First, the British formally withdrew from Palestine at lunchtime on that Friday. This would leave a power vacuum. Who would have the final authority amongst the Jews?
Secondly, he argued that the British could easily change their mind and call another meeting of the United Nations, which would delay things perhaps for months. There could be all sorts of changes. How and where and who? He said that we could not wait for this.
Thirdly, he said that at present the Soviets, the Latin Americans and others were in agreement but tomorrow there might be a totally different political constellation. Where would we be then?
What happened at the actual ceremony?
I arrived at 3.30. By 3.45 we were all sitting down. In addition to the intended signatories, there were visitors, journalists and the Tel Aviv Philharmonic Orchestra. Then there was a few minutes of music. At four o’clock on the dot, without any kochmas, Ben-Gurion then stood up. We were all shaking. Without any introduction, no nice words, he read the declaration of independence. He asked the members of the council of the provisional government to come forth and sign it. No discussion, no dissent.
One by one, they stood up. Then Hatikvah. People got up and we were out of the museum at ten to five. For me, it was the greatest moment of my life. Although we were all moved, no one lived in a fool’s paradise. No one knew what was going to happen. We had a little neshek (arms), but we knew that the situation was extremely dangerous.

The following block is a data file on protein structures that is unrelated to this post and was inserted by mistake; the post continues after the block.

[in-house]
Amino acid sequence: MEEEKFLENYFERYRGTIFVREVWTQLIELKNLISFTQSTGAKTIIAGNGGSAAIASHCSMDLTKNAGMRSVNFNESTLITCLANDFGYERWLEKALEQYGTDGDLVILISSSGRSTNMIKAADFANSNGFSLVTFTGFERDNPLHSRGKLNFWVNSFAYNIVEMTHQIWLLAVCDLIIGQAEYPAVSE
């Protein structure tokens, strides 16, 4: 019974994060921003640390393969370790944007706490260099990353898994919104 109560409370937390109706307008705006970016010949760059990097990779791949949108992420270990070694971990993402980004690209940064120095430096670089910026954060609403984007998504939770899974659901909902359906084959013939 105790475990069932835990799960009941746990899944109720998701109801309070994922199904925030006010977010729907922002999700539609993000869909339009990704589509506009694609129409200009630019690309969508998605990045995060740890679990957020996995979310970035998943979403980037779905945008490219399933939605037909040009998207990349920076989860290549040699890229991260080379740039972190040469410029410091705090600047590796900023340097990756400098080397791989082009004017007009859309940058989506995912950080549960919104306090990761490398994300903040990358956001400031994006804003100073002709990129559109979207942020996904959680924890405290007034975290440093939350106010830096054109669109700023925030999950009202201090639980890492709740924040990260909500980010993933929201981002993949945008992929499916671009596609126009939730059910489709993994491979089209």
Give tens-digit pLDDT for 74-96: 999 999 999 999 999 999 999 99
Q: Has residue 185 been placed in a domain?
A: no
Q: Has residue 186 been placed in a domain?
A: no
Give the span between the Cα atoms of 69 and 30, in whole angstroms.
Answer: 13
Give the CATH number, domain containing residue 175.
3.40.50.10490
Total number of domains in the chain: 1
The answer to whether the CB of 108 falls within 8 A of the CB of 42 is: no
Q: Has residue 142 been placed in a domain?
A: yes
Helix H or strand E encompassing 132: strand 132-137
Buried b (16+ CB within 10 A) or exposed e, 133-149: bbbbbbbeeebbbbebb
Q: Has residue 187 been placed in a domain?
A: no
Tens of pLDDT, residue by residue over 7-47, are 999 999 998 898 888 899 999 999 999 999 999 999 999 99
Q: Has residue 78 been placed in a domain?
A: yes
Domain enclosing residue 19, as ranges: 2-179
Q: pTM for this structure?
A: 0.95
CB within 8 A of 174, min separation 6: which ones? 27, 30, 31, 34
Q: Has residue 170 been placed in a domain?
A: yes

What took place then?
I went with Rav Fishman and his friends to the Malon Talpiot, a small kosher hotel in Rehov Ahad Ha’am. We drank a little l’haim and then each one of us returned home. I went back to my family to get ready for shul, for kabbalat Shabbat. There was an atmosphere of both joy and fear at the same time.
When I returned from shul, the Egyptian planes were already over Tel Aviv and dropping their bombs. This strange experience continued throughout the entire evening, up to midnight. On the one hand, people were singing and dancing and the other, north Tel Aviv was being bombed.
And the Opponents?
The Revisionists called us traitors. They believed that if we didn’t get it all now, we would get nothing. Yitzhak Tabenkin of Ahdut Ha’avodah had a similar view — but from the left.
The Charedim were not supportive even after what had happened during the Shoah. Before the war they discouraged Jews from going on aliyah, [saying] better to remain in Lublin.
After the war, a majority of the Charedim did not respond to Ben-Gurion’s call for a state — although a few were positive towards us. Even Lubavitch began to change a little from their former position of “anti-Zionism”.
Many Charedim said that the time for the state would come with the arrival of the meshiah. Even so, Yitzhak Meir Levin, a Gerer hasid, signed the Declaration of Independence for the Agudah and became a member of the government.
If it had not been for the inner strength of Ben Gurion and supported by such people as Rav Fishman who were relatively moderate — he supported Ben-Gurion on the question of partition — there would have been no state. They said that if it was impossible to get everything then we should be satisfied with what we can get.